As Democrats celebrate victories in primaries and special elections nationwide — in areas Republicans have traditionally been victorious — the GOP is looking every which way to maintain control of Congress. One strategy the Republican Party employed is very telling of the state of the Democratic Party, though.
In Pennsylvania, Republicans connected House Minority Leader Nancy Pelosi (D-Calif.) to Conor Lamb, the moderate Democrat who won the U.S. House race in his state on Tuesday, to steer voters away from him.
Lamb, 33, said while campaigning that he would not vote for Pelosi, who turns 78 this month, to remain the Democratic Party's leader. Republican ads claimed that Lamb, who served in the United States Marine Corps, would change his tune as soon as he won the race.
The fact that Republicans used Pelosi, who has an approval rating of 28.7 percent, as a con against someone representing the Democratic Party speaks volumes on her status in Washington. But Republicans are not the only ones tired of her. On the eve of the election Lamb said it's time to replace Pelosi.
"I think it's clear that this Congress is not working for people," he said, according to the Post-Gazette. "I think we need new leadership on both sides."
And earlier this week on MSNBC Lamb was asked, "When you arrive in Washington —assuming you win this election — do you think Nancy Pelosi should go?"
Lamb responded, "I have said that I think we need new leadership at the top of both parties in the House. So, I would like to see someone besides Nancy Pelosi run, and that's who I would support."
Lamb is hardly the only member of Pelosi's party to say it's time for her to go. Rep. Linda Sanchez, also of California, said in October the time has come to let the new generation take over.
"I do think we have this real breadth and depth of talent within our caucus and I do think it's time to pass a torch to a new generation of leaders and I want to be a part of that transition," she said on C-SPAN's "Newsmakers." "I want to see that happen. I think we have too many great members here that don't always get the opportunities that they should. I would like to see that change."
Rep. Seth Moulton (D-Mass.) reignited calls for Pelosi to call it quits after she defended John Conyers, a former representative who was accused of sexual harassment against his female staffers.
"But my point is that my positions on party leadership are very clear," he said on MSNBC in December. "And I've been calling for our leader to step down and allow a new generation of leaders to step up and lead our party forward for a long time. But what I don't want to do is distract from the fact that this is a very serious issue."
A Democratic source reported to Axios of Pelosi, "She used to be retributional. Now she's more inclusive."
Axios suggested that "Pelosi is more likely to be the bridge to a younger generation" when compared to one possible competitor, 78-year-old House Democrat Whip Steny Hoyer.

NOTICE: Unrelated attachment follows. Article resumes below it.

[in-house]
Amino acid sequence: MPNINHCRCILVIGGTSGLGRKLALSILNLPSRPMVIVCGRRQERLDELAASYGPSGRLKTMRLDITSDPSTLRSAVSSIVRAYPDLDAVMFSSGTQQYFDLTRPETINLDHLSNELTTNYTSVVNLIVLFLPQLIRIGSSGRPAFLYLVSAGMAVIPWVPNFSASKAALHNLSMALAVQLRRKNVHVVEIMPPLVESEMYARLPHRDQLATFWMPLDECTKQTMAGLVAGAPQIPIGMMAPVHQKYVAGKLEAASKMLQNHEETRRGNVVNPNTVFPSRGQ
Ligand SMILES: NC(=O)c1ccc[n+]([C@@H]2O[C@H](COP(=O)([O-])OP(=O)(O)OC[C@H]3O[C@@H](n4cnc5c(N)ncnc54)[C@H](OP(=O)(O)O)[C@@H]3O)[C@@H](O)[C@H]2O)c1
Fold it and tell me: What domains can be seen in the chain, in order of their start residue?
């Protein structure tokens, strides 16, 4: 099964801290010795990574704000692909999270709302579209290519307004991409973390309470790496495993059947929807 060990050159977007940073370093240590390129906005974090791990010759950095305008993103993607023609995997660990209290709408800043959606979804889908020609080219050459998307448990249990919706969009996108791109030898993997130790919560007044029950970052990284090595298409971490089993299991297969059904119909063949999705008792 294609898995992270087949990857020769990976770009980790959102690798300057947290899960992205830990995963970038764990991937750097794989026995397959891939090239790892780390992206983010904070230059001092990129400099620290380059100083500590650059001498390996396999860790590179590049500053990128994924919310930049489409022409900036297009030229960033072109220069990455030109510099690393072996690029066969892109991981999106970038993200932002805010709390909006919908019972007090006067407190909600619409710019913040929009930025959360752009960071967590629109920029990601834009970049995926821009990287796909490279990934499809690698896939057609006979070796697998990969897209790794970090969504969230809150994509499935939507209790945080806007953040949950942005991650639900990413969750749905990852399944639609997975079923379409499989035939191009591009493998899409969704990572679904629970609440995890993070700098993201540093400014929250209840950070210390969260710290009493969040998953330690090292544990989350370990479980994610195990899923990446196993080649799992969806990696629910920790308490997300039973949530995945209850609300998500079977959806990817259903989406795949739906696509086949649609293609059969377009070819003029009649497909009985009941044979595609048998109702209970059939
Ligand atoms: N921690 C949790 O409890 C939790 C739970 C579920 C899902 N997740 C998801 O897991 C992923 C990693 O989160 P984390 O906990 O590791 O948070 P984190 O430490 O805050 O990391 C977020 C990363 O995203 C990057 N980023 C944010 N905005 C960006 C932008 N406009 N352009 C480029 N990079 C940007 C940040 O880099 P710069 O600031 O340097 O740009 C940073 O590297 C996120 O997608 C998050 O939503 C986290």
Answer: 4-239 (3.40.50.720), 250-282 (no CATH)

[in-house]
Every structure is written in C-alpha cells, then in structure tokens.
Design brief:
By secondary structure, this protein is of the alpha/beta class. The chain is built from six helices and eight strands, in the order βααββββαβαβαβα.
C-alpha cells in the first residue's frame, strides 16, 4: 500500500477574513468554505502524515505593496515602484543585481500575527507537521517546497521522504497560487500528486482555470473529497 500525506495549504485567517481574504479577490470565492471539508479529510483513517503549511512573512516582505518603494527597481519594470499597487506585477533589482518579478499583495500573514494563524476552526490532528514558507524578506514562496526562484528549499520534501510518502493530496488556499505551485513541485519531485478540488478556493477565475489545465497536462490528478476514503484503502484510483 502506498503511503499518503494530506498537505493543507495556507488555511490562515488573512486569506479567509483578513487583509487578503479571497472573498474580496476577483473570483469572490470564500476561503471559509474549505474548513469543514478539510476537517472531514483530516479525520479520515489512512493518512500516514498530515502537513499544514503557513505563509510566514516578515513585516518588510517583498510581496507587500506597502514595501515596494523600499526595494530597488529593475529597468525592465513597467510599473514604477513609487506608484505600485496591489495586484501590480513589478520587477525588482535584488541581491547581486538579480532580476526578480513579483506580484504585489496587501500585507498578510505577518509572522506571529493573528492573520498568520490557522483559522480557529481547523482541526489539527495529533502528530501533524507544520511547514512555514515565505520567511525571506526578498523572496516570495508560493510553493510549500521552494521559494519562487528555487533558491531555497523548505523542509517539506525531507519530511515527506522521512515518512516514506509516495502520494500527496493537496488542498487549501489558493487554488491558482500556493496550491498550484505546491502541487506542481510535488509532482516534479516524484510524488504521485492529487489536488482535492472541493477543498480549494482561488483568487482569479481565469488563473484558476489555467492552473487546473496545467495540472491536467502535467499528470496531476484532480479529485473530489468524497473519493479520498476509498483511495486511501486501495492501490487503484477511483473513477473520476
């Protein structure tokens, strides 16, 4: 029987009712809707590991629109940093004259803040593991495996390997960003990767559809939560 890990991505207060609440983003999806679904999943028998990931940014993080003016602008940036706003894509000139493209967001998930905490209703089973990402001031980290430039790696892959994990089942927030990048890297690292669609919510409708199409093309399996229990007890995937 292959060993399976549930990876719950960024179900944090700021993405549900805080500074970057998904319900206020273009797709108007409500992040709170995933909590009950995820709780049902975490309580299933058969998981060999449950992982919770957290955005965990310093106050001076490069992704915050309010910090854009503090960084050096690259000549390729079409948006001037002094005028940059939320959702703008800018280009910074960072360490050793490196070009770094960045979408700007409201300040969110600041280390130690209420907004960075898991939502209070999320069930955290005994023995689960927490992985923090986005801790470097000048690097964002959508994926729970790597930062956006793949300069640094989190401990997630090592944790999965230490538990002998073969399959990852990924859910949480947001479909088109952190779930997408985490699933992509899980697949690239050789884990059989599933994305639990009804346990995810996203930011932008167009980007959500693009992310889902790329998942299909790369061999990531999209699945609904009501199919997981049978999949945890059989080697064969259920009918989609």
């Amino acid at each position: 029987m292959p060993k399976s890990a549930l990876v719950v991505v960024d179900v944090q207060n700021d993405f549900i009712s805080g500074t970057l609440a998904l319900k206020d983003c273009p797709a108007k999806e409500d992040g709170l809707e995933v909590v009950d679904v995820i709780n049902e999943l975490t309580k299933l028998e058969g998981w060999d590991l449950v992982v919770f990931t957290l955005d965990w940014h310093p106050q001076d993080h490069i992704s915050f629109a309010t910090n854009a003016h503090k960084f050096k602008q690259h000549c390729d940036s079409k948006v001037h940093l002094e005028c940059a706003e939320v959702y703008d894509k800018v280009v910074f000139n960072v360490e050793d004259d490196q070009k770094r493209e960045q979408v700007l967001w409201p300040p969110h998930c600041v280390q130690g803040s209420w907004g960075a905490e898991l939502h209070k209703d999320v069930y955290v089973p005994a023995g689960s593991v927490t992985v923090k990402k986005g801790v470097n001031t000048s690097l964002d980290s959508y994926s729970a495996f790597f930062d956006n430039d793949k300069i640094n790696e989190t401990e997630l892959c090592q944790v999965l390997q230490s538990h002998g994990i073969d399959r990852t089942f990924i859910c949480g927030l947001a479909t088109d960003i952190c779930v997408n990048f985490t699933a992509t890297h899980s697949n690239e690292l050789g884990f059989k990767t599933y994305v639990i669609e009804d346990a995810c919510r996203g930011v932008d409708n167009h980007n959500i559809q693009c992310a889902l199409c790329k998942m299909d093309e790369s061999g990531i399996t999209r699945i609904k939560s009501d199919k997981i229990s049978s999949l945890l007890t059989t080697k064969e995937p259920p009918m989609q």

Pelosi tried to build a bridge to distance herself from Hoyer's status as an old white man in January when she accused "five white guys" — including Hoyer — of trying to solve the Deferred Action for Childhood Arrivals (DACA) controversy.
"The 'five white guys' I call them, you know," she said, adding, "Are they going to open a hamburger stand next or what?" (The comment was a reference to Five Guys, a popular burger joint.)
Perhaps Pelosi should stop pointing white fingers.
A look at her staff also tells a story. Pelosi has equal representation of men and women, but for staffers whose ethnicity could be determined, there is one Black person and one Latino (one staff member's race could not be identified). If Pelosi wants to be a bridge, she should start paying more attention to who will be making decisions when she's not around anymore — and who will decide her fate. Her district, California's 12th Congressional District, is 52.8 percent white, 31 percent Asian, 15 percent Hispanic and 6.0 percent Black. And the NBC/GenForward survey indicates that minority millennials may be more politically active than their white counterparts — 17 percent of Asians, 15 percent of Blacks, 14 percent of Latinx and 13 percent of whites responded yes when asked if they have attended a political event, rally or organized protest since Trump's election.
So who would Pelosi be a "bridge" to? A generation of up-and-coming voters who don't believe the Democratic Party represents them.
According to a September poll from NBC News and GenForward, 42 percent of young adults have an unfavorable view of the Democratic Party — and only 43 percent have a favorable view. Forty-six percent of respondents said they don't believe the Democratic Party cares about people like them.
And while young adults are still more likely to favor the Democratic Party over the GOP, Democrats do not have a very strong hold. The same survey asked if respondents planned to vote Democrat or Republican in the next election. The majority — 41 percent — said they were not sure. When asked which way they leaned toward, 57 percent said they were still not sure.